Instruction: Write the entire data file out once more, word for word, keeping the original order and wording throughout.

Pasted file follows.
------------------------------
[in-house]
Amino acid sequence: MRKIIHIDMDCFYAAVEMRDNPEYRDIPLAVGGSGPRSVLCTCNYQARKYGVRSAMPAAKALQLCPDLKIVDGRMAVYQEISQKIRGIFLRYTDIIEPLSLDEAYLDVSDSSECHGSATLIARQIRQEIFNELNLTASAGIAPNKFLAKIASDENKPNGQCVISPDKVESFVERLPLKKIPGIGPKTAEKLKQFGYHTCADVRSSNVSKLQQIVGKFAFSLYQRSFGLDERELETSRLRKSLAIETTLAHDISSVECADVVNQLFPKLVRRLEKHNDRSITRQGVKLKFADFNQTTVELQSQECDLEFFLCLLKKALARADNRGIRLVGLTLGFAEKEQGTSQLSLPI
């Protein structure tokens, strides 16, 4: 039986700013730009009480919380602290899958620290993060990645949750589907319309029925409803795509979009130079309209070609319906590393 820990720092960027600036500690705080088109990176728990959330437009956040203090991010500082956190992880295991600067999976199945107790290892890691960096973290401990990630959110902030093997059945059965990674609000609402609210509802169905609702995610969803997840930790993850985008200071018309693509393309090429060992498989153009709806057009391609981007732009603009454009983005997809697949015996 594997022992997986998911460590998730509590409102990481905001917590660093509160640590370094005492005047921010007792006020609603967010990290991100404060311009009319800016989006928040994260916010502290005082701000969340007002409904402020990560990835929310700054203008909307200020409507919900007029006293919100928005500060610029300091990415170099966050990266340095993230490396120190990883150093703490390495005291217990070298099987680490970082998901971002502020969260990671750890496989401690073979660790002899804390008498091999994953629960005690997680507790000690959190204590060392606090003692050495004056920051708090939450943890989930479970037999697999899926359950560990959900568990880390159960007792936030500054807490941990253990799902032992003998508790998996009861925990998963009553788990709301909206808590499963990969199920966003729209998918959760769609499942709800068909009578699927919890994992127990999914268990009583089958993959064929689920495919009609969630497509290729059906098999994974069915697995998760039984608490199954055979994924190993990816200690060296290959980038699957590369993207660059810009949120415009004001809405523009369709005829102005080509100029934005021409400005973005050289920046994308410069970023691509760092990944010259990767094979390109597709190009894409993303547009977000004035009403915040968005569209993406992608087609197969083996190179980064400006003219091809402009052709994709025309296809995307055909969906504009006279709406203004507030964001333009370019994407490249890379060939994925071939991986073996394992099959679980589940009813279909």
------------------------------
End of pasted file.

[in-house]
Amino acid sequence: MRKIIHIDMDCFYAAVEMRDNPEYRDIPLAVGGSGPRSVLCTCNYQARKYGVRSAMPAAKALQLCPDLKIVDGRMAVYQEISQKIRGIFLRYTDIIEPLSLDEAYLDVSDSSECHGSATLIARQIRQEIFNELNLTASAGIAPNKFLAKIASDENKPNGQCVISPDKVESFVERLPLKKIPGIGPKTAEKLKQFGYHTCADVRSSNVSKLQQIVGKFAFSLYQRSFGLDERELETSRLRKSLAIETTLAHDISSVECADVVNQLFPKLVRRLEKHNDRSITRQGVKLKFADFNQTTVELQSQECDLEFFLCLLKKALARADNRGIRLVGLTLGFAEKEQGTSQLSLPI
């Protein structure tokens, strides 16, 4: 039986700013730009009480919380602290899958620290993060990645949750589907319309029925409803795509979009130079309209070609319906590393 820990720092960027600036500690705080088109990176728990959330437009956040203090991010500082956190992880295991600067999976199945107790290892890691960096973290401990990630959110902030093997059945059965990674609000609402609210509802169905609702995610969803997840930790993850985008200071018309693509393309090429060992498989153009709806057009391609981007732009603009454009983005997809697949015996 594997022992997986998911460590998730509590409102990481905001917590660093509160640590370094005492005047921010007792006020609603967010990290991100404060311009009319800016989006928040994260916010502290005082701000969340007002409904402020990560990835929310700054203008909307200020409507919900007029006293919100928005500060610029300091990415170099966050990266340095993230490396120190990883150093703490390495005291217990070298099987680490970082998901971002502020969260990671750890496989401690073979660790002899804390008498091999994953629960005690997680507790000690959190204590060392606090003692050495004056920051708090939450943890989930479970037999697999899926359950560990959900568990880390159960007792936030500054807490941990253990799902032992003998508790998996009861925990998963009553788990709301909206808590499963990969199920966003729209998918959760769609499942709800068909009578699927919890994992127990999914268990009583089958993959064929689920495919009609969630497509290729059906098999994974069915697995998760039984608490199954055979994924190993990816200690060296290959980038699957590369993207660059810009949120415009004001809405523009369709005829102005080509100029934005021409400005973005050289920046994308410069970023691509760092990944010259990767094979390109597709190009894409993303547009977000004035009403915040968005569209993406992608087609197969083996190179980064400006003219091809402009052709994709025309296809995307055909969906504009006279709406203004507030964001333009370019994407490249890379060939994925071939991986073996394992099959679980589940009813279909």